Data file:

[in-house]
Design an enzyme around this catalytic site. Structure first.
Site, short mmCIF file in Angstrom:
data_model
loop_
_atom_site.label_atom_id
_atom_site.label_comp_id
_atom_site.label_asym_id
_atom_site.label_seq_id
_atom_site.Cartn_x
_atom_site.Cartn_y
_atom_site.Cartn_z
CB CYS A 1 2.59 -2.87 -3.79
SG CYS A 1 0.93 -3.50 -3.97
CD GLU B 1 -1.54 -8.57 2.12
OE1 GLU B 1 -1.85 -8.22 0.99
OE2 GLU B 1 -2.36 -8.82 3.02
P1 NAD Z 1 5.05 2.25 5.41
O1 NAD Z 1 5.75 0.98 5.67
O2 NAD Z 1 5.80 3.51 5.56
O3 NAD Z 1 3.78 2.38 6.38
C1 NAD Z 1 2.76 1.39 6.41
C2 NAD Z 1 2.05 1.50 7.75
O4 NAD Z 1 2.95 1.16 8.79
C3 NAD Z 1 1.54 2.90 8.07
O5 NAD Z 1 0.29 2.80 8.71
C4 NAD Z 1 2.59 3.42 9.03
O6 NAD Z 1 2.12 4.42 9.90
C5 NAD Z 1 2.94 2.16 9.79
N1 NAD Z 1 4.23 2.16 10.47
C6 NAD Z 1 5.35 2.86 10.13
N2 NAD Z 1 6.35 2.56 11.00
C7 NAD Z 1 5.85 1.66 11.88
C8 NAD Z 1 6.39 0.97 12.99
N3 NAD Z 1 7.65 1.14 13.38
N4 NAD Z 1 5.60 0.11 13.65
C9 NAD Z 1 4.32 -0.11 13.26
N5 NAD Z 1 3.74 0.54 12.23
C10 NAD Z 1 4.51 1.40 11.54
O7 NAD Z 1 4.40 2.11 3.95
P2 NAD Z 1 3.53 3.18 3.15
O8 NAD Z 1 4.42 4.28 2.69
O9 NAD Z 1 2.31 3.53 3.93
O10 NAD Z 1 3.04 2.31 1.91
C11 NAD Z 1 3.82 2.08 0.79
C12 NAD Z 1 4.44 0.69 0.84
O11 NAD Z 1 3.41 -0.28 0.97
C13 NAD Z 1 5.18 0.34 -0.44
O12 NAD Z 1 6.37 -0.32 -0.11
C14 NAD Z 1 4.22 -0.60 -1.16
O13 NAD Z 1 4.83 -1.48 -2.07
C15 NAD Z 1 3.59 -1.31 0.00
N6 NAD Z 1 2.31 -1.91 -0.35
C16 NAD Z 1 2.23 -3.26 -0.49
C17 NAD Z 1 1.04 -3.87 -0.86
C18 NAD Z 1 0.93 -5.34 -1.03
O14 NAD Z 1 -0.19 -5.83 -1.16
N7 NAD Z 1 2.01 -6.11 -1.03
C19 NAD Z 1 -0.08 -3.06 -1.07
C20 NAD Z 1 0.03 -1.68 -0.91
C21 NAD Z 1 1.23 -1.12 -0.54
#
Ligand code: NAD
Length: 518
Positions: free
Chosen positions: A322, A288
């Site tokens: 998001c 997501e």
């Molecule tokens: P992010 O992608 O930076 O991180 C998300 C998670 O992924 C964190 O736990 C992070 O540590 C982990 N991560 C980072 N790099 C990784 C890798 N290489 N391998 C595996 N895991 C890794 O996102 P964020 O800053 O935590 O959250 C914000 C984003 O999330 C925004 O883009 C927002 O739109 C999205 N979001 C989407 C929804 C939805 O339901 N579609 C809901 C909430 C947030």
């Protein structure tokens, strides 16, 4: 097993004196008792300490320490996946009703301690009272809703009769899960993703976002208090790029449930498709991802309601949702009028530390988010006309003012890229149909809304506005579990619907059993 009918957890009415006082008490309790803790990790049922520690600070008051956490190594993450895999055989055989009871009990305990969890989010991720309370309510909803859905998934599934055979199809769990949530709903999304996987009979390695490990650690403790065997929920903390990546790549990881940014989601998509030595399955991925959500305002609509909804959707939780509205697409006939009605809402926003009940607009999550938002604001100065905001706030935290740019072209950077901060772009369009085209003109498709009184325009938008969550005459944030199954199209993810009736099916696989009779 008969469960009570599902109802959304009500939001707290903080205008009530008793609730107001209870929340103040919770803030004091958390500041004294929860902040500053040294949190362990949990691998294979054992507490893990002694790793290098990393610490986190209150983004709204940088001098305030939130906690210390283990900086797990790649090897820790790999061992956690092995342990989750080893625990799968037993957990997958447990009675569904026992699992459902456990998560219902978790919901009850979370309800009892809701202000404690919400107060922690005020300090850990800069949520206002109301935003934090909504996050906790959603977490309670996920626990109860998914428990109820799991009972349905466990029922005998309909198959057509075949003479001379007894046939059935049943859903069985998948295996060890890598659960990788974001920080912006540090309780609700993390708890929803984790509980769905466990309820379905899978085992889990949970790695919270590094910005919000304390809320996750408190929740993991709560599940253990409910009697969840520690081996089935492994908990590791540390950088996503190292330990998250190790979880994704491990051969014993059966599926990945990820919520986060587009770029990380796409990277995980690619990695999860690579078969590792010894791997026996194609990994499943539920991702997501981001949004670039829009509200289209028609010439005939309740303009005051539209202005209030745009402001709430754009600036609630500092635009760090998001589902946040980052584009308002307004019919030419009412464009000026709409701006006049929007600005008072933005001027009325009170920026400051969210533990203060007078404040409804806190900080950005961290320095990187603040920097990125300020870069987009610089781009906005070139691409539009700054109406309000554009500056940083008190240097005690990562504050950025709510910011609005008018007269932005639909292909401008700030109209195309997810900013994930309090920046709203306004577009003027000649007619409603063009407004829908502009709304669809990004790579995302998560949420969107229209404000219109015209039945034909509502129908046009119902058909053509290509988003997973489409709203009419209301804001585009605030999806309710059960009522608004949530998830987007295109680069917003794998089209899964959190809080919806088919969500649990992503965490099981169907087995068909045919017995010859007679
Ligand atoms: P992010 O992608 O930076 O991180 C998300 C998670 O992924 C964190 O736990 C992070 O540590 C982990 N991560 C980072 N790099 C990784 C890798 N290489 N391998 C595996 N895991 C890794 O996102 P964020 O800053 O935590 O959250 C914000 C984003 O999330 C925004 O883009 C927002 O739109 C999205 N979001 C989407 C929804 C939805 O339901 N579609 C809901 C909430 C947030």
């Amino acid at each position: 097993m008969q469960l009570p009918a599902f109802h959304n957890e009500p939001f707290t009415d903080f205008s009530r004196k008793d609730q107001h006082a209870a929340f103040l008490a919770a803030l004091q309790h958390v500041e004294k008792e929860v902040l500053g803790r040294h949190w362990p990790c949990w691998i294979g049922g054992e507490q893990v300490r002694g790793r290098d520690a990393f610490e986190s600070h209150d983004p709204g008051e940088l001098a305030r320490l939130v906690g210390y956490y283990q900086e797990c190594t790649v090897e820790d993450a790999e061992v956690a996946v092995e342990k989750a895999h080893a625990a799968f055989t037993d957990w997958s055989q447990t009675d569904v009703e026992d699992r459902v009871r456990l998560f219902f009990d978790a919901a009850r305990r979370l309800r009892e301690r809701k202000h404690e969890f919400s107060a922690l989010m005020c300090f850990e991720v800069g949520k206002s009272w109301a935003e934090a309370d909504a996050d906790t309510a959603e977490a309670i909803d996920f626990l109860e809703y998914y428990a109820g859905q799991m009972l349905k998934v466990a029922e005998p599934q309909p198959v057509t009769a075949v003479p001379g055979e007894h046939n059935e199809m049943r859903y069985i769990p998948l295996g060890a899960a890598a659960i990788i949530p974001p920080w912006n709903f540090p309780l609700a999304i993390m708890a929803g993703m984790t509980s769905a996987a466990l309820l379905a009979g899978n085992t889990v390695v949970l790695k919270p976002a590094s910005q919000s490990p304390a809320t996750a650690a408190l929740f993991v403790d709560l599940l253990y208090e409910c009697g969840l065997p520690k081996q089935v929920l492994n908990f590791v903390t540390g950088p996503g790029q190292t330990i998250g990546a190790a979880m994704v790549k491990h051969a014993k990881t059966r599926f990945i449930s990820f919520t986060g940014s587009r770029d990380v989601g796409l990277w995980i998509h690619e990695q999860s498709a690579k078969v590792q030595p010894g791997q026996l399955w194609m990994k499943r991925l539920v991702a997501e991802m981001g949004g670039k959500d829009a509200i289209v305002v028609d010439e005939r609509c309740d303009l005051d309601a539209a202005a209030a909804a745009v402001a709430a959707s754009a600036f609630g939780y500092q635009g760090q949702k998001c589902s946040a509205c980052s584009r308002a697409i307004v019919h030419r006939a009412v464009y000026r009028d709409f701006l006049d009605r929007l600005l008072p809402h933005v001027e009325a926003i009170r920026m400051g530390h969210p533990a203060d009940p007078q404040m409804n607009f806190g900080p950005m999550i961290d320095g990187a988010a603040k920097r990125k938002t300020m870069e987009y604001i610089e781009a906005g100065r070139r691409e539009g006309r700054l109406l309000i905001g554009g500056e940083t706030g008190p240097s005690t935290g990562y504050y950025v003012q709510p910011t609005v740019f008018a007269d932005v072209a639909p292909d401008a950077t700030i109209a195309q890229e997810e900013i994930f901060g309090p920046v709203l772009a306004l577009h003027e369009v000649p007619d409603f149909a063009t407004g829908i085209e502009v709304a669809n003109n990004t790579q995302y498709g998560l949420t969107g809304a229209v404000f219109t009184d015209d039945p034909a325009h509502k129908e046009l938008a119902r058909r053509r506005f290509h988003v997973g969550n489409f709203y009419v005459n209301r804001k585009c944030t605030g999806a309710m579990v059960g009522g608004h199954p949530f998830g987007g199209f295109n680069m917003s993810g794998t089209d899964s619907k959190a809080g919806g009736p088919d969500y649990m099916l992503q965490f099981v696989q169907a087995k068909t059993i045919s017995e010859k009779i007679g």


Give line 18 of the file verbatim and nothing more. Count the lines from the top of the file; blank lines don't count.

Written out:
P1 NAD Z 1 5.05 2.25 5.41